Friday, March 24, 2006

High School Baseball
By Blogger

I completely missed J.J. Redick and Adam Morrison watching their college careers fade away through their tears. Yesterday afternoon, I went to a high school baseball game, missed the early NCAA games, then came home and was so tired I went to bed and drifted in and out of sleep, and thus missed the late games.

It was worth it.

The Bruce-Mahoney Trophy is the size of a small refrigerator. Each year, my old high school, St. Ignatius (SI), decked out in red, white, and blue, competes against Sacred Heart (SH), clad in green, gold, and white, in football, basketball, and baseball. Two out of three wins the trophy and gets to keep it in their school for the year. In the all time standings, SI leads 41-18.

This year, after the SH Fighting Irish won the football game and the SI Wildcats won the basketball game, it came down to baseball. The last time SH had won the Bruce was 1998, my freshman year, when it came down to baseball.

You have to remember that in the spring of 1998, professional baseball was still struggling thanks to the 1994 strike, even in a town with a rich baseball tradition like San Francisco. Rain had delayed the game into April, so the SI-SH tilt was in direct competition with the defending NL West champion Giants, who drew only 10,000 people to their game with Pittsburgh. The newspaper account says 1,600 people were there, but I want to say 4,000 fans gathered at the main field at Big Rec in Golden Gate Park and witnessed a classic. We thought we had it wrapped up. That's what you think when your team is up 6-1 with two outs in the top half of the last inning. But then a half hour of misery descended, and SH was up 7-6, and then their left fielder made two diving catches in the bottom half of the inning, and then there was a mass of green and gold, hundreds of students, celebrating on the field, singing their fight song. That was the last time SH won the Bruce.

This year, my dad arranged to leave work early, and we hustled over to Big Rec. We arrived during the top of the first, with SH already threatening to score. We settled into the bleachers behind the SI bench and started talking about pitching and patience at the plate. Hundreds of students, from both schools, sat closer to home plate, on either side of the backstop. In the early going, it was an uneventful game. The boys were jittery, and, well, boys, making mental errors and generally acting as if they didn't want to fail.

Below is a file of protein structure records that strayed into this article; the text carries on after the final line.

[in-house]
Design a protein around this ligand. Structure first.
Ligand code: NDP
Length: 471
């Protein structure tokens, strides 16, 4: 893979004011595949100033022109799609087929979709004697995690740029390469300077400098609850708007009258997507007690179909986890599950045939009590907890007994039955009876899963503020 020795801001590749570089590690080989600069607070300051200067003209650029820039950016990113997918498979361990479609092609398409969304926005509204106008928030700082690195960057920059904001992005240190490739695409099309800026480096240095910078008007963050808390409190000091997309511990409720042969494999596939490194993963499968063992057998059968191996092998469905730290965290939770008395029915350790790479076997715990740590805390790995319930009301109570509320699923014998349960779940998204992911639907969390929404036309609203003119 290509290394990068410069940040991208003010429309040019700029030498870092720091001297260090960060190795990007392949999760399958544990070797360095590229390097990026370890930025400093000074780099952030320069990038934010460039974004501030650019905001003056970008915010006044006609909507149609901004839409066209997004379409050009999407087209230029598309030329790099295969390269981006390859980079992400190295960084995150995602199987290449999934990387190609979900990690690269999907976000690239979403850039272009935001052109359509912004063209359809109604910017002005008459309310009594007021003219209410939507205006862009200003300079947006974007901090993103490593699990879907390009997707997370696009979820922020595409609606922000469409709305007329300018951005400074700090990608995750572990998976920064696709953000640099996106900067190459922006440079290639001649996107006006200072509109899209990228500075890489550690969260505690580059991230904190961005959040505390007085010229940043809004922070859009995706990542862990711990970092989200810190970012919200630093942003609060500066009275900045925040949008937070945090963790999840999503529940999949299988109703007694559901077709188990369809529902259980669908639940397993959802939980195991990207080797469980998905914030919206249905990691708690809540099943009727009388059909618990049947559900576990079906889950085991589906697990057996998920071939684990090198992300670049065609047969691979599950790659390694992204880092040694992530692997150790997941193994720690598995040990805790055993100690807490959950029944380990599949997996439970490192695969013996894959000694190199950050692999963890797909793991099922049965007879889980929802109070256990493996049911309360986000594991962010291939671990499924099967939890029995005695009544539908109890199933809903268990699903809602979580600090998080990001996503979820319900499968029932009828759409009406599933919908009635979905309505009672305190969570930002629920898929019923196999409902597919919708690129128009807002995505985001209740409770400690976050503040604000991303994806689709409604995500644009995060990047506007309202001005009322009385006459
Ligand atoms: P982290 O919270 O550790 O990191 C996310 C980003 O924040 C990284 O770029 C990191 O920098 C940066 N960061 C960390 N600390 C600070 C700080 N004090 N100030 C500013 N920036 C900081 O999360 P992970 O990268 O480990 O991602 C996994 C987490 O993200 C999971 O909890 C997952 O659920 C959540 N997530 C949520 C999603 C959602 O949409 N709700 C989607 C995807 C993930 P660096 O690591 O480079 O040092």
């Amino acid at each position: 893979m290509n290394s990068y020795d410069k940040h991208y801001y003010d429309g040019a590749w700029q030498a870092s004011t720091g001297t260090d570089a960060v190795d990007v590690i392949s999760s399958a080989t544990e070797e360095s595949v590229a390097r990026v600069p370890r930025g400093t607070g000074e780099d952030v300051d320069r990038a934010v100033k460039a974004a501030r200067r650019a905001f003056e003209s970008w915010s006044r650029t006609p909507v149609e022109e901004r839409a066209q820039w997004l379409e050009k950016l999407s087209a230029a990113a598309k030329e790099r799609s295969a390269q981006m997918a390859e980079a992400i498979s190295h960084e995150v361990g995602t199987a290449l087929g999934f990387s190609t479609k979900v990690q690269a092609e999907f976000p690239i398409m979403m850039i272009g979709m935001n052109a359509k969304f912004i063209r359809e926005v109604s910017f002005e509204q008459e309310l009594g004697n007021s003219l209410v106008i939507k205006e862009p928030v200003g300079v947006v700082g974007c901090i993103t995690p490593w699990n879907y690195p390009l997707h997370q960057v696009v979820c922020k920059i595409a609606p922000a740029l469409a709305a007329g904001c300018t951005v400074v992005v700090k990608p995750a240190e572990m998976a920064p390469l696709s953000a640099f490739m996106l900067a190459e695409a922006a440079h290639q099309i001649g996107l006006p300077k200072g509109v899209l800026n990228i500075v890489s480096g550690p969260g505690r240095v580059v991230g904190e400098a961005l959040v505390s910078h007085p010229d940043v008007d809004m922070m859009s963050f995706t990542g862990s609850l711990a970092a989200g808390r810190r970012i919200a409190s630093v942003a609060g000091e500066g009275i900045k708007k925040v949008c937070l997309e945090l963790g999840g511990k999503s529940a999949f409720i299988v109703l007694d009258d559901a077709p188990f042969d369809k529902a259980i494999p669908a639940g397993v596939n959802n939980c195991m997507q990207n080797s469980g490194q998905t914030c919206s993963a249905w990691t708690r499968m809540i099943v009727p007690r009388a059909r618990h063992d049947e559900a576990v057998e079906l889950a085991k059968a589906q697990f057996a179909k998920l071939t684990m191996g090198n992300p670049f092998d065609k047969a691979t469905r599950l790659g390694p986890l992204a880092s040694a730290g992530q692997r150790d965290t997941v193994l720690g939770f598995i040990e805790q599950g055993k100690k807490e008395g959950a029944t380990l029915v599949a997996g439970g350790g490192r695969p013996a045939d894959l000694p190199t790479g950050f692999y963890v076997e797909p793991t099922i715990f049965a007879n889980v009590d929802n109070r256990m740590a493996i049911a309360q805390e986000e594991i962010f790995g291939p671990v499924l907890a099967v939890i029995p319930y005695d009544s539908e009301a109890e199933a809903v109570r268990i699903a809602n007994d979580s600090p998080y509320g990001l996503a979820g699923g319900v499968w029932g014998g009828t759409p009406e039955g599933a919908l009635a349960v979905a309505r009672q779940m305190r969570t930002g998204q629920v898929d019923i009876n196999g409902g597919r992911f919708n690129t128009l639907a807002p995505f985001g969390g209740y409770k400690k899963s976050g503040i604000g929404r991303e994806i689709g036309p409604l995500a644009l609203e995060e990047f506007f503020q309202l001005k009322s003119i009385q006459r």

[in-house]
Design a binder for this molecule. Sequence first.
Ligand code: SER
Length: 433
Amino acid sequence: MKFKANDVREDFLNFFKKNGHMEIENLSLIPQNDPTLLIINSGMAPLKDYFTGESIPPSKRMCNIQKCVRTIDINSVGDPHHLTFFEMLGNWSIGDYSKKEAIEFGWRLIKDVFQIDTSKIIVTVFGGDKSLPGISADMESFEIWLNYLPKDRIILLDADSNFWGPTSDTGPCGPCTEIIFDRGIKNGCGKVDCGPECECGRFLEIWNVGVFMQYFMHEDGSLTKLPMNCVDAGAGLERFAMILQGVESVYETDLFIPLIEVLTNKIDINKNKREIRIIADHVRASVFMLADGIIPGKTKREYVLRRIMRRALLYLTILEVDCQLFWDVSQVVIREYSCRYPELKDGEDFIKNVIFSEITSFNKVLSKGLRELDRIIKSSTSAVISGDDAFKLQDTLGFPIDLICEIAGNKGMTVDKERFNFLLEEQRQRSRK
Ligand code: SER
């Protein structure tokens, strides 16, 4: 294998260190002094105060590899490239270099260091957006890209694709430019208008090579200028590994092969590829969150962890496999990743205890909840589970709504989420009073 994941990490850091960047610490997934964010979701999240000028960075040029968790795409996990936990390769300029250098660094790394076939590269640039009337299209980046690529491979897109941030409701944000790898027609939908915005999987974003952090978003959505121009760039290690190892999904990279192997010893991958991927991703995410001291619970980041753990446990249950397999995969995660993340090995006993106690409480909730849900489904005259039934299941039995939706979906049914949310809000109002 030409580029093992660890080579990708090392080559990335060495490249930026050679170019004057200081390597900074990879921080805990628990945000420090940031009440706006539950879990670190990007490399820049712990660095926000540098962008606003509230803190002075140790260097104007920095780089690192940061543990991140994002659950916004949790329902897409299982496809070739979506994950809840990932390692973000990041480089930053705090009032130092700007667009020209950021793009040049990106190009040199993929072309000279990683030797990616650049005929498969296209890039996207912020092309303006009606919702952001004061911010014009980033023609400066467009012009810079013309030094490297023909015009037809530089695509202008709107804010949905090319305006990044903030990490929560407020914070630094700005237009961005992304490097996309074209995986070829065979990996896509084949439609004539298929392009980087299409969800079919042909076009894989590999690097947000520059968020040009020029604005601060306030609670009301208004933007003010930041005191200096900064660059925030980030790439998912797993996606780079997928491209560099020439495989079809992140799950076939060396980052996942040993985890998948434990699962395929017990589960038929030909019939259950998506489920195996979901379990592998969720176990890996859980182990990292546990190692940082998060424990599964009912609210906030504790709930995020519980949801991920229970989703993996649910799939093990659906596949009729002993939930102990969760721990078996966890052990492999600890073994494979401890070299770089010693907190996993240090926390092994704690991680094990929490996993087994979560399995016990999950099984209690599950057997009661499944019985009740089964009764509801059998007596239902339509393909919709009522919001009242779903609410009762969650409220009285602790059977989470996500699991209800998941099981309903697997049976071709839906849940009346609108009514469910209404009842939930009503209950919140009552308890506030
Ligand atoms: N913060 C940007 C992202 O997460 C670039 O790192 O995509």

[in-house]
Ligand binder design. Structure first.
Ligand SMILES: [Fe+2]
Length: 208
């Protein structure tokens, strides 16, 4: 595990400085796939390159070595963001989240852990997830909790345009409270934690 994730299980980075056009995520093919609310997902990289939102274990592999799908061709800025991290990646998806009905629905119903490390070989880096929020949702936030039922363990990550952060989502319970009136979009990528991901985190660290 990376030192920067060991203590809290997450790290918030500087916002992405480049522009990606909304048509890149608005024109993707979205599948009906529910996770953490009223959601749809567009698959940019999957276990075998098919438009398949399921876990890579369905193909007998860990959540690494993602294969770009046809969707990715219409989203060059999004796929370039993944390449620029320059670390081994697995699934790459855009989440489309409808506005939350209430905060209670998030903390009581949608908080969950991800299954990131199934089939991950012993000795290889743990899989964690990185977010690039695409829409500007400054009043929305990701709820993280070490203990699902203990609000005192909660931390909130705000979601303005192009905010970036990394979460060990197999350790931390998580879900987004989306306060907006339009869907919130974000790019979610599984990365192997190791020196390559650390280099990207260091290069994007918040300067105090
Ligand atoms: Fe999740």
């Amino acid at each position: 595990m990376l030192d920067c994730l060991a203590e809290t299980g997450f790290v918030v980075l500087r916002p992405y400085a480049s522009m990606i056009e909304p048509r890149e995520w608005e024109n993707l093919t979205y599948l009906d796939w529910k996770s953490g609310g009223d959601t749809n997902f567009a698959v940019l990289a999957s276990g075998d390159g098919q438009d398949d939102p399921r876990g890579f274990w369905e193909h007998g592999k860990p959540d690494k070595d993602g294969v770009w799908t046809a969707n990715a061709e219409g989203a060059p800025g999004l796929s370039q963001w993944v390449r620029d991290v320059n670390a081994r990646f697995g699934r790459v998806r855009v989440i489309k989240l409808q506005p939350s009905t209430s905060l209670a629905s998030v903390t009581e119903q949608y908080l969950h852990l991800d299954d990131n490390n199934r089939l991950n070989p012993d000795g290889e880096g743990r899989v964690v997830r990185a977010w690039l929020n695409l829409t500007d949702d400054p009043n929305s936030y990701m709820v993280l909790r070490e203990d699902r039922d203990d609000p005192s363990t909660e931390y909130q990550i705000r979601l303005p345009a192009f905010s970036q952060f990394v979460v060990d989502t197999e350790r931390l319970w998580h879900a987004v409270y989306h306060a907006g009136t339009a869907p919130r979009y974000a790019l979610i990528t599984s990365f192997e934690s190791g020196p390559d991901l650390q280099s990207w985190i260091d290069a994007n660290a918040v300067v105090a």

The head SH coach is an alumnus of SI. His last season coaching SI baseball was the year he coached my Junior Varsity team. When the Varsity coach stepped down, we all thought he was in line for the job, but it didn't happen. So, he jumped. It's a hell of a bridge to cross. I only bring this up because he kept as low a profile as a head baseball coach can during the game, sitting at the end of his bench, legs crossed, arms folded. That's not how I remember him. The SH pitching coach, however, an older man, was animated and flamboyant. Each time he went out to remove his pitcher from the game, he appeared not to speak to him. He would demand the ball and then walk away, towards the shortstop, showing up the pitcher. No, "Next time," no, "It's not your day," no, "This stuff happens," no, "Good job, we'll let Danny take it from here," no, "We'll pick you up." Nothing. And he wonders why his team lost its poise and played in fear.

Things got interesting after the fourth inning. SH led 4-3, and as the sun dropped lower and the chill slipped under our collars, we realized the game might not make the full seven innings. Between innings, the SH students started chanting, "Beat SI! Beat SI!" This volley was not taken lightly, and it woke up our student section. When the Wildcats pushed across the tying run, the boys and girls with their faces painted red and blue jumped to their feet, hugging and cheering and began chanting, "Beat SH! Beat SH!" and the adults in attendance couldn't help but join in.

It was like that for the final three frames: stand, chant, scream, groan, stand, scream. SI added another run, and another, nibbling away with bunts and timely singles, until they were up 7-4, going into the top half of the seventh, and final, inning. We all stood for this one. Those of us who knew about 1998 looked at each other and smiled wryly. This could end badly. But, after all, it's just a high school baseball game, right? SH loaded the bases, but couldn't score. The SI pitcher kept his composure, and, with two outs and two strikes, let loose a knee-buckling breaking ball for the third strike and the Bruce. Players mobbed their hero on the mound, and student spectators climbed the fences in a vertical victory dance.

O Red and Blue
We'll all be true
We'll raise your banner to the sky
We'll fight for you
O Red and Blue
We'll fight for St. Ignatius High...

Sliding: Paul Totah,
Fence: David Arnott


Anonymous Paul Totah said...

David -- I liked your piece on the Bruce Mahoney game. Well done! -- Paul Totah

12:52 AM  
Anonymous Anonymous said...

Hey idiot, you forgot about the SH STREAKER

7:43 PM  

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